Find Tech Lifestyle on Google+

Friday, December 7, 2012

SanDisk Pushes the SD Card Speed Barrier

I love photography. I might be horrible at it, but my fondness for recording my experiences runs unabated by my lack of talent. It closely compliments one of my other loves, travel. Anyone who knows me, and knows how much I love to travel, has probably heard me say that I don’t buy souvenirs when I travel. The only souvenir I like to take home with me is my photographs. They allow me to capture memories that I’ll still be enjoying long after a cheap souvenir has been relegated a storage bin.

To be sure that I don’t miss a shot, I like to have both a nice camera and a fast memory card. I’m not an expert in the memory card space, but I've long been happy with the speed and reliability of SanDisk cards. Not long ago, I purchased the SanDisk Extreme Pro 16 GB SDHC UHS-1 card (wow, that’s a mouthful). It might be overkill for some, but I like knowing that if anything is slowing me down, it’s not something I can easily control like the memory card. So how fast is it?

This particular SDHC card is touted as having a maximum 95 MB/s read speed and a 90 MB/s write speed. This places it at the very top of the speed range for today’s SDHC/SDXC cards. To experience these “extreme” speeds, you’ll need to make sure that your camera can make use of UHS-1 rated SDHC cards. Also, you’ll want a USB 3.0 card reader (internal or external) to benefit from those transfer speeds when copying files to a PC or Mac. The older USB 2.0 standard tops out at 60 MB/s and will act as a bottleneck for this card, but USB 3.0 can handle up to 600 MB/s. If your PC doesn't offer USB 3.0, you might be able to install a PCI Express card like I had to.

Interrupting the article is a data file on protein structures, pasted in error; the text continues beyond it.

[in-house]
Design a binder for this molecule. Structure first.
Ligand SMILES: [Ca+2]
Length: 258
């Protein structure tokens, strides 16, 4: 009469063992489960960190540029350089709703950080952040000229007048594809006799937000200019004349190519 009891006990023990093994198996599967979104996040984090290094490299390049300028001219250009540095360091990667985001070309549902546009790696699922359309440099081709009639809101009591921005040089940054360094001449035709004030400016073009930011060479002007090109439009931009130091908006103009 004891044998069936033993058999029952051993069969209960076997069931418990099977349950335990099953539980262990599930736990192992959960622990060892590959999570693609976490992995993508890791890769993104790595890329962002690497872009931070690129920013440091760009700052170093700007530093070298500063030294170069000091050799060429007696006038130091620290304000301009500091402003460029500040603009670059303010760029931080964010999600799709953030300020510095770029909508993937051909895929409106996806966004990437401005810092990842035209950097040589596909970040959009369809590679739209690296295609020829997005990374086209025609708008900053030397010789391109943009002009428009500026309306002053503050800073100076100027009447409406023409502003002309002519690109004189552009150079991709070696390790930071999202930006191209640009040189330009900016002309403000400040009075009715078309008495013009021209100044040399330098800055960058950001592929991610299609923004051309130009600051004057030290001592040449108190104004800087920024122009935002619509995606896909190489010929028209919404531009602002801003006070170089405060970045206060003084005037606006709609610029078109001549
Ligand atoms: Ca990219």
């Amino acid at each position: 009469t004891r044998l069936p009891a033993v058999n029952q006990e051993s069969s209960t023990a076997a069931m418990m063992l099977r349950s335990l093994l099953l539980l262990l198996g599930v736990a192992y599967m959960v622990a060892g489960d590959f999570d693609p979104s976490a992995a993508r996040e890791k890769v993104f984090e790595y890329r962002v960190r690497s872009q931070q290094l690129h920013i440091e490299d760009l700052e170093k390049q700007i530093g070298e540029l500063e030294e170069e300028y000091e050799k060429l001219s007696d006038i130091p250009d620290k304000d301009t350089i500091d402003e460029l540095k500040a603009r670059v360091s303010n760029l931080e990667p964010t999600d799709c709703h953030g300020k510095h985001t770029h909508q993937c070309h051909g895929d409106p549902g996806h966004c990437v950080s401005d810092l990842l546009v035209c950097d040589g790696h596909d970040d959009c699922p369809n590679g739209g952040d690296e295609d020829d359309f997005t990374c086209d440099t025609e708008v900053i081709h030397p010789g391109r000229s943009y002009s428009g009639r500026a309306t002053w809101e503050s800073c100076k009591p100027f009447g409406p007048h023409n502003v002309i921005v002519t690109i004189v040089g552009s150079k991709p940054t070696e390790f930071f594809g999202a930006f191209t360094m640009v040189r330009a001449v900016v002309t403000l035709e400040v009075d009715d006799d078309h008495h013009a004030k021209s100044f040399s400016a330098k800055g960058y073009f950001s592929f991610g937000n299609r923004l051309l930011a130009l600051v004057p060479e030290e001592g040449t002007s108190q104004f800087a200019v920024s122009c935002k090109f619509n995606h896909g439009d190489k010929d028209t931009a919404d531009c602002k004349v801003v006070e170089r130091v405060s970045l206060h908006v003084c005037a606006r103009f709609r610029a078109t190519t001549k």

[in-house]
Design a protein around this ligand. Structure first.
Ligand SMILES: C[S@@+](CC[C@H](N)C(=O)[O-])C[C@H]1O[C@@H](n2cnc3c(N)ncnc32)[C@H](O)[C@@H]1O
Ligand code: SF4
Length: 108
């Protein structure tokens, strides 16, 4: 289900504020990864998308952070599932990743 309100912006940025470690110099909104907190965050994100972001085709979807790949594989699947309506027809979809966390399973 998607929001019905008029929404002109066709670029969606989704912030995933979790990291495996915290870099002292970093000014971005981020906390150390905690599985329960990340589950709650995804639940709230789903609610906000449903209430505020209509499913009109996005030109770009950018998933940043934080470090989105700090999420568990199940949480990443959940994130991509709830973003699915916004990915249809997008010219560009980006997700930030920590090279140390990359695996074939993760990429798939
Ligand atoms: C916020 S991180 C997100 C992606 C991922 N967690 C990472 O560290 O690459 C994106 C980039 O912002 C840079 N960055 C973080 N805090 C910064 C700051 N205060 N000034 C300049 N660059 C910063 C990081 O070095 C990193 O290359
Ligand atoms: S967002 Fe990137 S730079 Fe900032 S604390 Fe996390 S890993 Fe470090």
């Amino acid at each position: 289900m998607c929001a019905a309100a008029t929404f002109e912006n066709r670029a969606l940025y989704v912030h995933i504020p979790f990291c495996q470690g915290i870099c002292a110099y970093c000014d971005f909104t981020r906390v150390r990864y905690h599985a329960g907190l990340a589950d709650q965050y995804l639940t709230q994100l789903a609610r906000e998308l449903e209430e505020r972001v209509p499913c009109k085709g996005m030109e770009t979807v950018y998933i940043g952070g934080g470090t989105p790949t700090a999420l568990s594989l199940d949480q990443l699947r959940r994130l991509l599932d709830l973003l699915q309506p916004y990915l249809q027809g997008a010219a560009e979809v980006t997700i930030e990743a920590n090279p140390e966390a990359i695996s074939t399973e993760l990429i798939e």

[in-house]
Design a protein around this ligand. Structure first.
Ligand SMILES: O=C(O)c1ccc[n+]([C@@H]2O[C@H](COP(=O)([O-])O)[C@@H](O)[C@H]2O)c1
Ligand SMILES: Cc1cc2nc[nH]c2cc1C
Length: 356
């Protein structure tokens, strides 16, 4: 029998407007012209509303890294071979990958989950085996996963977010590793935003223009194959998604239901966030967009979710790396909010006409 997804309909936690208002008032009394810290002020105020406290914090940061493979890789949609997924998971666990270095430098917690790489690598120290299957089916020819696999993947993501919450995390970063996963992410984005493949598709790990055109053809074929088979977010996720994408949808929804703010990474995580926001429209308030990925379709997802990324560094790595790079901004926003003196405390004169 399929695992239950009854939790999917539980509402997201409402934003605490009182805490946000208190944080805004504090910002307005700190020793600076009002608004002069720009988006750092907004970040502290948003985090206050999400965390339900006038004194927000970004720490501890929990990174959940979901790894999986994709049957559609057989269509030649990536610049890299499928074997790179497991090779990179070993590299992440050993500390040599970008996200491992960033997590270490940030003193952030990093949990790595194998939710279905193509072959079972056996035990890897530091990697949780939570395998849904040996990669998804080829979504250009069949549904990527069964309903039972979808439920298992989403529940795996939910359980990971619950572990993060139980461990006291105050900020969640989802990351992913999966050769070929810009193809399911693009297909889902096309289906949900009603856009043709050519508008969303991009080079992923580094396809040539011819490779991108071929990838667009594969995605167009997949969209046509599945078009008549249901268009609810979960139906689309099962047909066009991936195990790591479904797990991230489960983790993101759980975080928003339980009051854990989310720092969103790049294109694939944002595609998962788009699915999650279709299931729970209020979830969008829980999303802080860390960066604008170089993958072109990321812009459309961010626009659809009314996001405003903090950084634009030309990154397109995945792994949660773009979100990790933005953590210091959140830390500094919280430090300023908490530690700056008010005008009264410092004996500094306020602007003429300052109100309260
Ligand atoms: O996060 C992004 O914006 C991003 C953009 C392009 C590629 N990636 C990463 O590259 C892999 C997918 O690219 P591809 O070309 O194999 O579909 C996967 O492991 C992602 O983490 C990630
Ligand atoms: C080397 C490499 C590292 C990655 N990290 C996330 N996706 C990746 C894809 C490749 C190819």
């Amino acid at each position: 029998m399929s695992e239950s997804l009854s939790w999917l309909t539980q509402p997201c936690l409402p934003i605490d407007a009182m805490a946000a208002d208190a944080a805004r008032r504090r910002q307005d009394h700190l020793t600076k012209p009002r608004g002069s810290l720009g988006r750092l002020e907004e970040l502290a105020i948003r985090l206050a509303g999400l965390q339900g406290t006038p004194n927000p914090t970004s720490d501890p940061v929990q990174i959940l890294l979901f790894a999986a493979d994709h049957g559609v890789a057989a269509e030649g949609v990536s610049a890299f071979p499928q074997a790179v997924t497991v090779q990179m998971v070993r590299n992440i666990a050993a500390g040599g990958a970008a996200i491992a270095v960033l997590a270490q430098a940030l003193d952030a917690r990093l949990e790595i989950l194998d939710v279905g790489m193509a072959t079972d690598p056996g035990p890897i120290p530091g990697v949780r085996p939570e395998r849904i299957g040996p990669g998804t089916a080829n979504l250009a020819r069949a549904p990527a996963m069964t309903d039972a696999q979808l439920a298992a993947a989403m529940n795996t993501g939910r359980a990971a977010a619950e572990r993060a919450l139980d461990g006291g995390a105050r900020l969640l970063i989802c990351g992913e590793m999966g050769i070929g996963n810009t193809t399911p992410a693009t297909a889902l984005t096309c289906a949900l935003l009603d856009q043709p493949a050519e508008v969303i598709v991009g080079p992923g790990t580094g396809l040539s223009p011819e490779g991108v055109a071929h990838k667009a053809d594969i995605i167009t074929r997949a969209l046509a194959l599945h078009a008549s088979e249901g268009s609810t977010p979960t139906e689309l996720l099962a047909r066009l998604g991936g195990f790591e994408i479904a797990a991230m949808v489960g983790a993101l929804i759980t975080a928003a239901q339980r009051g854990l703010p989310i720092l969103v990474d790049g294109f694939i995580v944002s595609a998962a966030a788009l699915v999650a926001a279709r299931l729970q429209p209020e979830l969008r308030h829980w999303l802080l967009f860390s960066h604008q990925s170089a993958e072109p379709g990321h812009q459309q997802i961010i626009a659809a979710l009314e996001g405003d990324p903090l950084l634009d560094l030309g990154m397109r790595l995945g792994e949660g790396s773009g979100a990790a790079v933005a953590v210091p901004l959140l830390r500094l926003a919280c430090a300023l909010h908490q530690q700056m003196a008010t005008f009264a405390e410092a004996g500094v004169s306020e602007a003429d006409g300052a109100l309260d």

I always hesitate to believe marketing claims of memory card speed as real-world performance tends to be much lower than advertised. Having a USB 3.0 card reader allowed me to really test out the speed of this card (in a very unscientific manner), and while it was understandably slower than the marketing claim, I came away pleasantly surprised. While transferring a 1.4 GB zip file between the card and my Intel 520 Series SSD, I experienced consistent read speeds in the 85 to 87 MB/s range, and write speeds around 75 MB/s. That’s pretty fast by my standards, and easily adequate for most photography needs.

87.3 MB/s Read Speed 

75.5 MB/s Write Speed

Memory card speeds are rapidly improving, and costs per gigabyte are rapidly decreasing. If you need a memory card today, I encourage you to pick this one up ($40 for 16 GB at the time of writing). If you don’t need one, wait six months and buy this for half the price, or buy an even faster card. 

Check out my photography work at: